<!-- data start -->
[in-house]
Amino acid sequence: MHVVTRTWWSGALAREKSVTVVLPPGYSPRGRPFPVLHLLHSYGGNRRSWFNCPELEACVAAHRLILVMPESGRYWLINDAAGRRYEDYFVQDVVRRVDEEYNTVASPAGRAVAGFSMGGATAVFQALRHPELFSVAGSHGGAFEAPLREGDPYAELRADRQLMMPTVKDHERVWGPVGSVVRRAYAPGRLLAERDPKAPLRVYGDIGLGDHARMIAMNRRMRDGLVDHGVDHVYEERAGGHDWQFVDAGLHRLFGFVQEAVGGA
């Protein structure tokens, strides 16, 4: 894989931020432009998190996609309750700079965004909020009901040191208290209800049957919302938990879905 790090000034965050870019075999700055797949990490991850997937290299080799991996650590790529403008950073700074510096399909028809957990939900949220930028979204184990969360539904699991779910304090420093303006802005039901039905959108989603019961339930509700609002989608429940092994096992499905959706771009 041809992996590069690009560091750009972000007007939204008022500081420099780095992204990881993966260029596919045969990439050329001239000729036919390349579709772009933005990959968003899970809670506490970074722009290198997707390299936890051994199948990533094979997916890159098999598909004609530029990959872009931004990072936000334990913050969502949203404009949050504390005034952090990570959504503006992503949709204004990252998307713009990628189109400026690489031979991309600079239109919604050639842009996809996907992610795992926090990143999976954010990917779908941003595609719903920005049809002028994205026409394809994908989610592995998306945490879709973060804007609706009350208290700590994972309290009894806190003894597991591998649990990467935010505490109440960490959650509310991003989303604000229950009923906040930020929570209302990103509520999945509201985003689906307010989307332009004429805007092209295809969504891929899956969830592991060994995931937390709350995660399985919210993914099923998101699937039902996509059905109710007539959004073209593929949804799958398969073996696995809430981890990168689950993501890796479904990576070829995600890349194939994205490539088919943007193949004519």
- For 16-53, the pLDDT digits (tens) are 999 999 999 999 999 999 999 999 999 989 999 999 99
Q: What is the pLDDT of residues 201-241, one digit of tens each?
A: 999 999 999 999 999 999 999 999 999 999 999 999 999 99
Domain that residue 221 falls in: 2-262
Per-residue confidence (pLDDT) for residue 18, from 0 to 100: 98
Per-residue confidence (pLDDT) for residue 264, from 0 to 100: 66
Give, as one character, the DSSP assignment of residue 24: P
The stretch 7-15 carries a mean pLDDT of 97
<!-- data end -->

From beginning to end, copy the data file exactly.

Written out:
[in-house]
Amino acid sequence: MHVVTRTWWSGALAREKSVTVVLPPGYSPRGRPFPVLHLLHSYGGNRRSWFNCPELEACVAAHRLILVMPESGRYWLINDAAGRRYEDYFVQDVVRRVDEEYNTVASPAGRAVAGFSMGGATAVFQALRHPELFSVAGSHGGAFEAPLREGDPYAELRADRQLMMPTVKDHERVWGPVGSVVRRAYAPGRLLAERDPKAPLRVYGDIGLGDHARMIAMNRRMRDGLVDHGVDHVYEERAGGHDWQFVDAGLHRLFGFVQEAVGGA
């Protein structure tokens, strides 16, 4: 894989931020432009998190996609309750700079965004909020009901040191208290209800049957919302938990879905 790090000034965050870019075999700055797949990490991850997937290299080799991996650590790529403008950073700074510096399909028809957990939900949220930028979204184990969360539904699991779910304090420093303006802005039901039905959108989603019961339930509700609002989608429940092994096992499905959706771009 041809992996590069690009560091750009972000007007939204008022500081420099780095992204990881993966260029596919045969990439050329001239000729036919390349579709772009933005990959968003899970809670506490970074722009290198997707390299936890051994199948990533094979997916890159098999598909004609530029990959872009931004990072936000334990913050969502949203404009949050504390005034952090990570959504503006992503949709204004990252998307713009990628189109400026690489031979991309600079239109919604050639842009996809996907992610795992926090990143999976954010990917779908941003595609719903920005049809002028994205026409394809994908989610592995998306945490879709973060804007609706009350208290700590994972309290009894806190003894597991591998649990990467935010505490109440960490959650509310991003989303604000229950009923906040930020929570209302990103509520999945509201985003689906307010989307332009004429805007092209295809969504891929899956969830592991060994995931937390709350995660399985919210993914099923998101699937039902996509059905109710007539959004073209593929949804799958398969073996696995809430981890990168689950993501890796479904990576070829995600890349194939994205490539088919943007193949004519």
- For 16-53, the pLDDT digits (tens) are 999 999 999 999 999 999 999 999 999 989 999 999 99
Q: What is the pLDDT of residues 201-241, one digit of tens each?
A: 999 999 999 999 999 999 999 999 999 999 999 999 999 99
Domain that residue 221 falls in: 2-262
Per-residue confidence (pLDDT) for residue 18, from 0 to 100: 98
Per-residue confidence (pLDDT) for residue 264, from 0 to 100: 66
Give, as one character, the DSSP assignment of residue 24: P
The stretch 7-15 carries a mean pLDDT of 97